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Korean Minor

Applying to be a Korean Minor

You need to:

  1. See the faculty advisor.
  2. Complete an application. Applications are available in the Linguistics Department, 609 Baldy Hall.

After completing the application, attach a recent copy of your DARS report and turn it into the office. You will be notified by mail of a decision.

Acceptance Criteria

  • Completion of Korean 102 or equivalent
  • Consultation with an advisor in the Korean minor program
  • Application and DARS report

Requirements for the Minor

Students must maintain a 2.0 GPA in courses that count toward the minor, including the prerequisites

Prerequisite Courses

Prerequisite courses are taken as needed, and placement in them is dependent on the Korean language proficiency of the student

Course Hours Title
KOR101 5 First Year, First Semester Korean
KOR102 5 Second Year, Second Semester Korean
OR KOR104** 5 Transitional Korean

**KOR104 equivalent to KOR101 + KOR102

Required Courses

Total # of credits: 22 (6 courses)

# of Course Type
2 lower-level language courses KOR201, KOR202
2 upper-level language courses KOR301, KOR302
2 Korean-related or Korean courses e.g. KOR211, KOR351-352, KOR411, KOR451
Asian Studies 220, 270,348, 394
Political Science 229

Course Description

KOR101 First-Year Korean (5)
KOR102 First-Year Korean (5)
KOR101 Prerequisites: None
KOR102 Prerequisites: KOR101 or permission of instructor

The first-year (elementary) Korean aims to help students to acquire elementary proficiency in Korean. Not open to students who have previous exposure to the Korean language. Special focus will be placed on mastering pronunciation, writing system, basic vocabulary and basic grammar used in carrying out simple real-life tasks. Students will develop the basic ability to speak, understand, read and write short sentences and paragraphs on concrete and familiar topics. Students can expect a chance to understand cultural difference and identity as well.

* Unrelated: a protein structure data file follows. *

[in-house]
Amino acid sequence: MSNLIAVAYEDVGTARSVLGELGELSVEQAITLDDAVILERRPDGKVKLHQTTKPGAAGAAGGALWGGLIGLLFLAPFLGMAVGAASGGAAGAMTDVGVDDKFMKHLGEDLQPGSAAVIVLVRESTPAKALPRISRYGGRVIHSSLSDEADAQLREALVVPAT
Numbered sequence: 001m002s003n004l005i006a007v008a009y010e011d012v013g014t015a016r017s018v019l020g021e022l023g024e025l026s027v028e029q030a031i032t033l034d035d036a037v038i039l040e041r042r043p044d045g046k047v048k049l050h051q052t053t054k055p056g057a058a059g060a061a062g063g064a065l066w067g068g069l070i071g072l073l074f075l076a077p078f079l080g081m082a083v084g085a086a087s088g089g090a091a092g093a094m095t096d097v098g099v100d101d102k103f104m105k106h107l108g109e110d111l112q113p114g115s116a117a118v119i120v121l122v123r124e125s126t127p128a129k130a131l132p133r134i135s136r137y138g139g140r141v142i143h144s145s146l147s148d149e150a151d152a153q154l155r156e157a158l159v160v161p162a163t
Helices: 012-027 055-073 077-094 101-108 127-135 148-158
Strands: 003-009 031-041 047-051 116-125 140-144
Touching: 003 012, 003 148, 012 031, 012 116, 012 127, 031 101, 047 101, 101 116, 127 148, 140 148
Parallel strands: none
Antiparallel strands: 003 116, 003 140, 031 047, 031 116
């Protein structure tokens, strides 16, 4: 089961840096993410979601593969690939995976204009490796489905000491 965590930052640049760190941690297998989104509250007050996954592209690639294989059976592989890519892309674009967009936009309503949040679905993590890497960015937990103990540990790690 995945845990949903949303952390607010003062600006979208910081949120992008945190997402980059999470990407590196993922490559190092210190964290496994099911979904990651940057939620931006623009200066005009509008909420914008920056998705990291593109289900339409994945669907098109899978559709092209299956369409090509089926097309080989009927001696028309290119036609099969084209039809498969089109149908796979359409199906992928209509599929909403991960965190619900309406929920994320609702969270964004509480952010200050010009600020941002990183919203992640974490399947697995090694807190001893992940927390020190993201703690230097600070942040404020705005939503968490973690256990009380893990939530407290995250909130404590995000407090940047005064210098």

KOR101 Section A: Syllabus Registration
Section B: Syllabus Registration
KOR102 Syllabus

 

KOR104 Transitional Korean (5)
KOR104 Prerequisites: None

For students who have either 1) had previous experience with Korean but would benefit from a review before going into intermediate level courses, or 2) been exposed to Korean informally in their home setting, but who do not speak Korean fluently and who have not had any formal training in Korean, and are not literate in Korean.

 

KOR201 Second-Year Korean (4)
KOR202 Second-Year Korean (4)
KOR201 Prerequisites: KOR102 or permission of instructor
KOR202 Prerequisites: KOR201 or permission of instructor

The second-year (intermediate) Korean is a course designed for students who have completed one year of Korean or have the equivalent proficiency. Instructors permission is required to take these courses. The goal of the courses is to equip students with intermediate communicative skills in Korean. Students are expected to initiate and be engaged in spontaneous dialogues with little difficulty, and should be able to understand simple Korean text and compose short essays in Korean. Expansion of knowledge of grammar and vocabulary will be emphasized.

KOR201 Syllabus Registration
KOR202 Syllabus

 

KOR211 Introduction to Korea (3)
KOR211 Prerequisites: None